December 27, 2004
Another take on the Bush nominations:
The guessing game over what sort of nominee President Bush might propose for a Supreme Court vacancy took a new turn last week when Bush renominated a dozen nominees to federal appeals courts who weren't confirmed in the recent Congress. Some were blocked by Democratic filibusters.
Liberal activists who have predicted that Bush would push the ideological envelope in making his first nomination to the high court said, "I told you so." But observers who think Bush might confound supporters and critics alike by choosing a moderate conservative for the first Supreme Court vacancy could draw a different interpretation from last week's renominations.
In that scenario, Bush was using the appeals court renominations to acquire political capital with his conservative base that he could then spend by naming a relatively moderate figure to replace the ailing Chief Justice William Rehnquist if and when Rehnquist retires (or to replace Justice Sandra Day O'Connor if she were elevated to chief justice).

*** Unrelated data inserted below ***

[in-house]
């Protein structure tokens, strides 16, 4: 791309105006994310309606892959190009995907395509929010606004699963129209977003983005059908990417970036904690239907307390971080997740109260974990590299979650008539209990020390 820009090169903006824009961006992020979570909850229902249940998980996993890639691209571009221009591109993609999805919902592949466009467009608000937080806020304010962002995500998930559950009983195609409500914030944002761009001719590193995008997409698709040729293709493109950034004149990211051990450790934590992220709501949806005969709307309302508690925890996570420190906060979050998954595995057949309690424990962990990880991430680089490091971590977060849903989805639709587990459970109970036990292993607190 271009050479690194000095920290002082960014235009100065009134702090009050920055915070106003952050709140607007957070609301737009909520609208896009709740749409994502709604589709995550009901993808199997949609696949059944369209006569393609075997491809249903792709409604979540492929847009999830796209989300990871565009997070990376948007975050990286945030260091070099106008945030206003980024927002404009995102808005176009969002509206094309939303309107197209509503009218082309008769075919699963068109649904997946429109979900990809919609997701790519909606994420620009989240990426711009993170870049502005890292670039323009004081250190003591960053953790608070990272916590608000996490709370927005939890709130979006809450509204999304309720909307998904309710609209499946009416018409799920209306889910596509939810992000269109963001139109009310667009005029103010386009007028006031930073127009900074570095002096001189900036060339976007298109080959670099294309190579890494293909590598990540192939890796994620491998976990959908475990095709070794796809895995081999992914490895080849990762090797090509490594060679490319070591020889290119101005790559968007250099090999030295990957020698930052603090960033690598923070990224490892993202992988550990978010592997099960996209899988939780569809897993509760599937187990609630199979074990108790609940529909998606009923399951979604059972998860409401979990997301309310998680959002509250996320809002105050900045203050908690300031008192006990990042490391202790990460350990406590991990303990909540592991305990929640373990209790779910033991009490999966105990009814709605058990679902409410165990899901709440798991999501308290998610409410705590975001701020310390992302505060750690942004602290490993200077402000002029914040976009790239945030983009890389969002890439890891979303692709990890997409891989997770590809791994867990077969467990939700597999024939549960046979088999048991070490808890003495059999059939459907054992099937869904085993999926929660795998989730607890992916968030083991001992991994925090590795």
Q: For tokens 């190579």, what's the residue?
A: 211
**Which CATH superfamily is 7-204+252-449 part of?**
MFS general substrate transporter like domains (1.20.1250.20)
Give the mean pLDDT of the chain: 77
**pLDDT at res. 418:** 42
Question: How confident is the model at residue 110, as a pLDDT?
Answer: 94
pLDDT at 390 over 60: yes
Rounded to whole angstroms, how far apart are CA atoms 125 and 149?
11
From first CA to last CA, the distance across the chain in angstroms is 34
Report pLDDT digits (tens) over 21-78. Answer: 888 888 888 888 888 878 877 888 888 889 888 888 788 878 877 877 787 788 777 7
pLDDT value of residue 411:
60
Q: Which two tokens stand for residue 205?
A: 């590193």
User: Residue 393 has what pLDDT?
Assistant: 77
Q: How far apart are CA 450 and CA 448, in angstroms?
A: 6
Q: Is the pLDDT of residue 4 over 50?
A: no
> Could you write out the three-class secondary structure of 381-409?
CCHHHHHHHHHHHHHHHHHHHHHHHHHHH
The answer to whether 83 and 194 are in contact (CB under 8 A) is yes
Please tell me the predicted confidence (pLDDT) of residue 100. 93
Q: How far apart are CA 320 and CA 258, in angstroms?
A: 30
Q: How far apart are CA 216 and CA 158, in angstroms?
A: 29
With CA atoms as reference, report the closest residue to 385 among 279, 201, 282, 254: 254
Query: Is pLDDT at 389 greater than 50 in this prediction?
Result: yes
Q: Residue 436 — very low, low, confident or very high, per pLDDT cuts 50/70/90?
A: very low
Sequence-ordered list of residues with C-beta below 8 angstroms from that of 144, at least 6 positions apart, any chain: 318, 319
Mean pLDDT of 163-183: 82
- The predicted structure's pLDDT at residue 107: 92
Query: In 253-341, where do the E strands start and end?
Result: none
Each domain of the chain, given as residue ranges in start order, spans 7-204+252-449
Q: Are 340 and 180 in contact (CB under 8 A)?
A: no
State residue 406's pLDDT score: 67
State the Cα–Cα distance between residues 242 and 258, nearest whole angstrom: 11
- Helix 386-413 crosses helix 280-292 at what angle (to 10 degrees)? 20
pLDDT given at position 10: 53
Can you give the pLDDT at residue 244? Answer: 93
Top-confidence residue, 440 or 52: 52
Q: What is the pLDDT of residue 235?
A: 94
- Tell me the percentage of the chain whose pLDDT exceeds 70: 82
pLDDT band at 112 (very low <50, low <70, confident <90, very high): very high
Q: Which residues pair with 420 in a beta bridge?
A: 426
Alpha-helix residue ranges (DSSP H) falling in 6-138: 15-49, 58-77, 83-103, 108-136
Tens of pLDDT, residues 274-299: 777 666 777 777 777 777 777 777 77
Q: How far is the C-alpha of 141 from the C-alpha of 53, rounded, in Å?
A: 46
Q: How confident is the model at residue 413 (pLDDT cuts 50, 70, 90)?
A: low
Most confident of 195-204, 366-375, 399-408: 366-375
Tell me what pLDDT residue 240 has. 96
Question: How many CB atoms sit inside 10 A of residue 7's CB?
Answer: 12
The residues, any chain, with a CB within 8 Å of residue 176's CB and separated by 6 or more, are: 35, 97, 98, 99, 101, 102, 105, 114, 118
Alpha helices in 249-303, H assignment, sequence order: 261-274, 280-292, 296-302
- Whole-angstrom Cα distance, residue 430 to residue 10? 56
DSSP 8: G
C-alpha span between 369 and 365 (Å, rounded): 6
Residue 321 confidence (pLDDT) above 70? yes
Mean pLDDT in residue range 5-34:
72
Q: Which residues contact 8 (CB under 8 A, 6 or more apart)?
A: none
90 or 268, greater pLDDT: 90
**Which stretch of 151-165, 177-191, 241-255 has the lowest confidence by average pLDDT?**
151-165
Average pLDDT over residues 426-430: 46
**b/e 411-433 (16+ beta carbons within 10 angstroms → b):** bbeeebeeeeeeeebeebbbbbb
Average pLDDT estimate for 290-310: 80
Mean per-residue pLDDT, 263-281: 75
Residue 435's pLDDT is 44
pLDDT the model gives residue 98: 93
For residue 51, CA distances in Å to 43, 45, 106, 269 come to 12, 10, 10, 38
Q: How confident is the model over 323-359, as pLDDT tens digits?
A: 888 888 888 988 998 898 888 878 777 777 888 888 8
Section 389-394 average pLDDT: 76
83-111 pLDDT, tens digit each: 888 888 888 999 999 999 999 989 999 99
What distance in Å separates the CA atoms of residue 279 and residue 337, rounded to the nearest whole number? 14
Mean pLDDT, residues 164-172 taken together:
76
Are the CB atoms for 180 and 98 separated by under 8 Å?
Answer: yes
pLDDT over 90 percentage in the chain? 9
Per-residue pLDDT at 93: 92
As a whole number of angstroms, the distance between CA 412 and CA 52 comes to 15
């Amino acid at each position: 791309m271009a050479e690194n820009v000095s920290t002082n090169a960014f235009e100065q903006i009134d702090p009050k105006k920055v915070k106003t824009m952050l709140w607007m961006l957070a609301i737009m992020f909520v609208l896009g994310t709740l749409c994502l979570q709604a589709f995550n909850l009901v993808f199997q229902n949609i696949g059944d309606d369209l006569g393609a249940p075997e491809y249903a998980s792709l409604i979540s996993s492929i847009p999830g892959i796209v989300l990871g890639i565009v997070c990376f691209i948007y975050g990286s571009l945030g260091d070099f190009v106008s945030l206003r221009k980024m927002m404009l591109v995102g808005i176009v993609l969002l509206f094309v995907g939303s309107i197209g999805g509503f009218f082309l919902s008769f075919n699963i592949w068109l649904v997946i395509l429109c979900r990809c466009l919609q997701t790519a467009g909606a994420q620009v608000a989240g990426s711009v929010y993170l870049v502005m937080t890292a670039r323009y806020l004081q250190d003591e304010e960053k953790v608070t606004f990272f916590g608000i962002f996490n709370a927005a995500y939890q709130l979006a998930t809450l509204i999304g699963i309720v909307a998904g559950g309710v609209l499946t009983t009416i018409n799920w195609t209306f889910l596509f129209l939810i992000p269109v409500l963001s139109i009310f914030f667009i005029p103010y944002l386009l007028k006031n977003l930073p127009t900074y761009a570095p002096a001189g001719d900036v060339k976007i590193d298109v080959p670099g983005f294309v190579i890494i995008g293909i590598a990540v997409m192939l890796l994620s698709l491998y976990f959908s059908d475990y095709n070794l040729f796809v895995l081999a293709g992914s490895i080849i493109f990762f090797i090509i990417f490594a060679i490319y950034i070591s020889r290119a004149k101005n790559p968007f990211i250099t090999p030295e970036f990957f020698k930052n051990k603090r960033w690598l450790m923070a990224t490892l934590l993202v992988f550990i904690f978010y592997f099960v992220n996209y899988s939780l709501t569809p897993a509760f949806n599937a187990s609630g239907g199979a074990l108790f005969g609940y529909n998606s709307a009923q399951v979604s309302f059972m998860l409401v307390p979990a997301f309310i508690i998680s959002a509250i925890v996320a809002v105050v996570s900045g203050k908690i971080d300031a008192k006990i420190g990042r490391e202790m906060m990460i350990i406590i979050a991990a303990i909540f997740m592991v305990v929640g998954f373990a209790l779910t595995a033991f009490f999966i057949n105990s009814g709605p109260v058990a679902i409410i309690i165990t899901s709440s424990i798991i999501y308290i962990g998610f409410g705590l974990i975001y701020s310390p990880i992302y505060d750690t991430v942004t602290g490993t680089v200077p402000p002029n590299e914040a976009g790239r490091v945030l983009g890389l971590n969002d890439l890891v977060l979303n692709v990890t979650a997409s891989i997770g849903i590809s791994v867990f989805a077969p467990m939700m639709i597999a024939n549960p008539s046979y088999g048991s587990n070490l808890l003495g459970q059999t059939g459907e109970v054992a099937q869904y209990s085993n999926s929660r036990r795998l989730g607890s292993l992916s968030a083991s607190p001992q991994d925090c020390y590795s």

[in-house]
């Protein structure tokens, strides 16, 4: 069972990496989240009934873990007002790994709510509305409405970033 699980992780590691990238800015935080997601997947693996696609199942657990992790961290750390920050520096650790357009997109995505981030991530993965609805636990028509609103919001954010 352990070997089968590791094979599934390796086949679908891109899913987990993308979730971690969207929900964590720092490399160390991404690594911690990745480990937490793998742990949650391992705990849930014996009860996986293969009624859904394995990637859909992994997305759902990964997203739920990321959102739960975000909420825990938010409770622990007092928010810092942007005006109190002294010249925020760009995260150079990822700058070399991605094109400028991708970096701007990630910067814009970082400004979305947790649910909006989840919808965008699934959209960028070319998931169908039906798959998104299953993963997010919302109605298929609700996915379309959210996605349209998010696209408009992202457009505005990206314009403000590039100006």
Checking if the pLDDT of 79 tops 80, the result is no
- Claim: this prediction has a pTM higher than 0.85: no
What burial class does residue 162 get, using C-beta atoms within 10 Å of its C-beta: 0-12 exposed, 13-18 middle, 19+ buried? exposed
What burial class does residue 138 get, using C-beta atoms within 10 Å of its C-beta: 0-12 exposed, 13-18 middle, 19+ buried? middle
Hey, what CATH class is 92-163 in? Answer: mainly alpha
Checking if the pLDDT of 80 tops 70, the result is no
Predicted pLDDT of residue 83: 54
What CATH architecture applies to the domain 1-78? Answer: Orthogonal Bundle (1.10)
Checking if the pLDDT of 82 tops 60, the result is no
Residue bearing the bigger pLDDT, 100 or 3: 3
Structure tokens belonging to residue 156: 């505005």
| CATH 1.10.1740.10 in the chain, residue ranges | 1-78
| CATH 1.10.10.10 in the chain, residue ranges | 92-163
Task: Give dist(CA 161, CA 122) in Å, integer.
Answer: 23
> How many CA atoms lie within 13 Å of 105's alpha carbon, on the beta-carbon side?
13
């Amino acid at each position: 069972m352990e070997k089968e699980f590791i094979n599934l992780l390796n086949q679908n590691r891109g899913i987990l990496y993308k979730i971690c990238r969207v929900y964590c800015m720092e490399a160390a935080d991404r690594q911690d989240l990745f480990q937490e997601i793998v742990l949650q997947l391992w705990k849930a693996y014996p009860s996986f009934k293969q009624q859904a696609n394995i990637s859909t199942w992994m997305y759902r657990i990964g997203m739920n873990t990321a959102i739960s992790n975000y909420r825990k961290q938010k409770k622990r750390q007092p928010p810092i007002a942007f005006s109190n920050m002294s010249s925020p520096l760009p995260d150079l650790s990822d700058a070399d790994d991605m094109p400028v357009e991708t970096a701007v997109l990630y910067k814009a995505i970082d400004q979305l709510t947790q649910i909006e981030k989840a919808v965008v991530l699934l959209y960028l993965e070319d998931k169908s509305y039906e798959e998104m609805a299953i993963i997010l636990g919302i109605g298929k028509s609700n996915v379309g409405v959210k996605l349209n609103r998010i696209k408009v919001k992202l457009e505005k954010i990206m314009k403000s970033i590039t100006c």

To put faces on this speculation, Bush might choose to replace Rehnquist with Judge J. Harvie Wilkinson III of the 4th U.S. Circuit Court of Appeals rather than Wilkinson's harder-edged colleague, Judge J. Michael Luttig. Or he might choose John Roberts, whom the president installed on the U.S. Court of Appeals for the District of Columbia Circuit despite some liberal opposition.
Given the potentially large number of appointees Bush may have the opportunity to make, a sound but relatively moderate first appointment would go far towards calming fears on both sides of the aisle. It will be interesting to see whether the President takes the long view.
Posted by Cassandra at December 27, 2004 10:18 AM
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I absolutely agree. Americans don't like extremism of either stripe. Reports on the death of the Democratic Party are way premature, esp if the Repubs overplay their hand
Posted by: jeff at December 28, 2004 12:34 AM